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Optimization of Water Network Retrofit Design for Petroleum Refineries with Water Reuse, Regeneration, and Recycle Strategies (W3R)

Ngai Yoong, Foo (2010) Optimization of Water Network Retrofit Design for Petroleum Refineries with Water Reuse, Regeneration, and Recycle Strategies (W3R). Universiti Teknologi PETRONAS. (Unpublished)

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Water is a key element in the operation of petroleum refineries. In the past, wastewater was typically piped to a centralized treatment plant and research efforts were focused mainly on improving treatment technologies. It was later recognized that distributed wastewater treatment networks in which wastewater streams are treated separately may be preferable to the centralized approach. Moreover, scarcities in freshwater supply and increasingly stringent rules on wastewater discharge have emerges as issues of major concerns to plant operators, along with an increased awareness in the need to support sustainable development initiatives and minimization of water footprint. In line with these development, there are increased interests to incorporate water reuse, regeneration (i.e, treatment), and recycle (W3R) approaches in the design of refinery water network systems, with the aim of minimizing freshwater consumption and wastewater generation. This work presents an optimization model to determine the optimal design of refinery water network systems. The integrated model explicitly considers the incorporation of water minimization strategies by first postulating a source-interceptorsink superstructure that embeds many possible feasible tlowsheet alternatives for the implementation of potential W3R approaches. Subsequently, a mixed-integer nonlinear programming (MINLP) model is formulated based on the superstructure to determine the optimal water network structure in terms of the continuous variables of total stream tlowrates, contaminant concentrations and the 0-l binary variables of stream interconnections in the piping network. The superstructure and the MINLP model explicitly handles the membrane-based interceptors (primarily ultrafiltration and reverse osmosis units) and the non-membrane-based interceptors, in which in the former, the feed, permeate, and reject streams are assumed as an individual process units. The objective of the model is to minimize the fixed capital costs of installing piping interconnections and the variable cost of operating all stream interconnections while reducing the pollutants level to within limits by environmental regulations under all the associated material balances of flows and concentrations. The proposed modeling approach is implemented on an industrially-significant numerical example using the GAMS/BARON global optimization platform to obtain a globally cost-optimal water network topology.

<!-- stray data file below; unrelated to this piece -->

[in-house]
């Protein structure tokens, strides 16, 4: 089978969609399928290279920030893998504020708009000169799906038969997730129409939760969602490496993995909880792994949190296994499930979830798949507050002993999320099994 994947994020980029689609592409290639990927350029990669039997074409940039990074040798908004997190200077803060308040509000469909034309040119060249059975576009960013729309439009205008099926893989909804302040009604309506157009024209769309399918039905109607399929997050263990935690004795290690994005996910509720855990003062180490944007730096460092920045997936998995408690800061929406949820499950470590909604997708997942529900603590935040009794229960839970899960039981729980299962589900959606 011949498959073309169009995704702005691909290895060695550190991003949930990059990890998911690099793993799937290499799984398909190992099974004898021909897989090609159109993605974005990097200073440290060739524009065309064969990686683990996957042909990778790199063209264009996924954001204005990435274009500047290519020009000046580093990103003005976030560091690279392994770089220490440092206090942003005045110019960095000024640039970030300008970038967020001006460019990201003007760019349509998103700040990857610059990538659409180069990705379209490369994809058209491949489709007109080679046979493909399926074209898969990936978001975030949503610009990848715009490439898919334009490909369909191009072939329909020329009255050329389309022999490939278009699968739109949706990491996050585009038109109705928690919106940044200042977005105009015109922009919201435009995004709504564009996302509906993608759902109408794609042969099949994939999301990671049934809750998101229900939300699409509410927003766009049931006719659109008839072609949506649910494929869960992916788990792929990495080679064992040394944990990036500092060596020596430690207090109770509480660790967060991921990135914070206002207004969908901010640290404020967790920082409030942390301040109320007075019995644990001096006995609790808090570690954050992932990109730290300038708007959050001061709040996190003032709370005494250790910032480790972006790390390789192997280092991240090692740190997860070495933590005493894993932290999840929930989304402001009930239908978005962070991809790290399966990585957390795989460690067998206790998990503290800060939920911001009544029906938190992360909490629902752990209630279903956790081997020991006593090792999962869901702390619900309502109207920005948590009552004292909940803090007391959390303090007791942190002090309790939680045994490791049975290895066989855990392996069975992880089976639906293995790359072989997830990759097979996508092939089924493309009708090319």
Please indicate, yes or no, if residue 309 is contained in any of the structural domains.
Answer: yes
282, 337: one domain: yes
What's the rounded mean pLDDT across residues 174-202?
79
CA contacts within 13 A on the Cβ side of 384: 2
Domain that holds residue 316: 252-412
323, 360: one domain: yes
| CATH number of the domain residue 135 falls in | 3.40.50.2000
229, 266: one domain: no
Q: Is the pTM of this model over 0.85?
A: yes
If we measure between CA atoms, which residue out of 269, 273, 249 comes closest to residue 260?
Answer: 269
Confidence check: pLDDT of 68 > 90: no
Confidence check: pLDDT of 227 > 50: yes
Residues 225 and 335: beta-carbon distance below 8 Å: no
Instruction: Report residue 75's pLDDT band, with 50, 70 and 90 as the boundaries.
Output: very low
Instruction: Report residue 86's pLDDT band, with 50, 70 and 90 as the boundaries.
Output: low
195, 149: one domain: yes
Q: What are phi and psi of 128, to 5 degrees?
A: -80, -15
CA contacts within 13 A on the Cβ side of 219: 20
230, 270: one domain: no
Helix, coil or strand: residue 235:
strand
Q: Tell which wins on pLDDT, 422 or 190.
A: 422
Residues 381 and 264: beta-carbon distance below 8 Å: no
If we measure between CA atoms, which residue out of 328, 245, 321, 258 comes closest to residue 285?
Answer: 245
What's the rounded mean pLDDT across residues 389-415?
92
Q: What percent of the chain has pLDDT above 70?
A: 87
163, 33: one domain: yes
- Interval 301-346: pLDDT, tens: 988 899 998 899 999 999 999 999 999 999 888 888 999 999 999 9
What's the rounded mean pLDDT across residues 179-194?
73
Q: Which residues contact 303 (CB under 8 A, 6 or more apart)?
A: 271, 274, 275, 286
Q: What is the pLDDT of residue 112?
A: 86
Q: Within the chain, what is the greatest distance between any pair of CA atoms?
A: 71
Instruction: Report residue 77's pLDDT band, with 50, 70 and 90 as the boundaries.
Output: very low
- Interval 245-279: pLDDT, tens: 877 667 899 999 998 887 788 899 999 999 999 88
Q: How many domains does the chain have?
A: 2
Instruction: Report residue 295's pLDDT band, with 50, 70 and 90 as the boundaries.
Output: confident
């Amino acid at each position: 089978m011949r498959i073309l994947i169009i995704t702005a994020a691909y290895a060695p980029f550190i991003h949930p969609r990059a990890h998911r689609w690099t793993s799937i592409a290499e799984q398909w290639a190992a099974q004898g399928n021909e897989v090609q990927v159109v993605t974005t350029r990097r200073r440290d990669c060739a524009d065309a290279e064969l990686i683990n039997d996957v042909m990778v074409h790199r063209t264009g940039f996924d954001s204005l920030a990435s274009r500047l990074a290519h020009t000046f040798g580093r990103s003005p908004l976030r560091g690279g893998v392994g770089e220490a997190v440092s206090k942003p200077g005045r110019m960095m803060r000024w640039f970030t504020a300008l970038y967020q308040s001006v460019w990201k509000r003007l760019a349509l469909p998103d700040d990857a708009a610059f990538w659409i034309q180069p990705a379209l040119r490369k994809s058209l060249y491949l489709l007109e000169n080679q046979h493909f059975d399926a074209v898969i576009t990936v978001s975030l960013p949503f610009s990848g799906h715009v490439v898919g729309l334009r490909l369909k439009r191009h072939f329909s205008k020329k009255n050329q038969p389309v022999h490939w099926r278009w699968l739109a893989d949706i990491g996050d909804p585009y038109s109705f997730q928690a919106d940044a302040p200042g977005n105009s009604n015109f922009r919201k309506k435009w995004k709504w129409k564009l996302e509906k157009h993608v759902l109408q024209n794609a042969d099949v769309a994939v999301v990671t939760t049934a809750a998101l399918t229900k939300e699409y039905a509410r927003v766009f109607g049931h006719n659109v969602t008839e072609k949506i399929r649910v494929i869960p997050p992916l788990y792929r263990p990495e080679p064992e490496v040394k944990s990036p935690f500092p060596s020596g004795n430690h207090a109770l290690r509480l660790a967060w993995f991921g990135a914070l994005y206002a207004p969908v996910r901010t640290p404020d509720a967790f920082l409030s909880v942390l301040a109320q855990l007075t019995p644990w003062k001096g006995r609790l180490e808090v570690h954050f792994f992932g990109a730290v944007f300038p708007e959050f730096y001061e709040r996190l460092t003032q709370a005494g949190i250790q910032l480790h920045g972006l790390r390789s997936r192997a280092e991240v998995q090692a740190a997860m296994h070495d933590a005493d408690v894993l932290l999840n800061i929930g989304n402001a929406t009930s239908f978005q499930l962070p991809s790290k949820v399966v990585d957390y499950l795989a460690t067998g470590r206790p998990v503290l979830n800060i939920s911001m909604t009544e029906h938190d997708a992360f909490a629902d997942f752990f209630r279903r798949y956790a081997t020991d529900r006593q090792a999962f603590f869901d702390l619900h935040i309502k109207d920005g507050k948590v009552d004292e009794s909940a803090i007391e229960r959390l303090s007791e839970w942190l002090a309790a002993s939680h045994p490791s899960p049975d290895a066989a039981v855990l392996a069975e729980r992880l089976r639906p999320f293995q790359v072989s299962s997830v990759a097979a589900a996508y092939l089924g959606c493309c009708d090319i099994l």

Item Type: Final Year Project
Academic Subject : Academic Department - Chemical Engineering - Separation Process
Subject: T Technology > TP Chemical technology
Divisions: Engineering > Chemical
Depositing User: Users 2053 not found.
Date Deposited: 29 Oct 2013 10:53
Last Modified: 25 Jan 2017 09:43
URI: http://utpedia.utp.edu.my/id/eprint/10081

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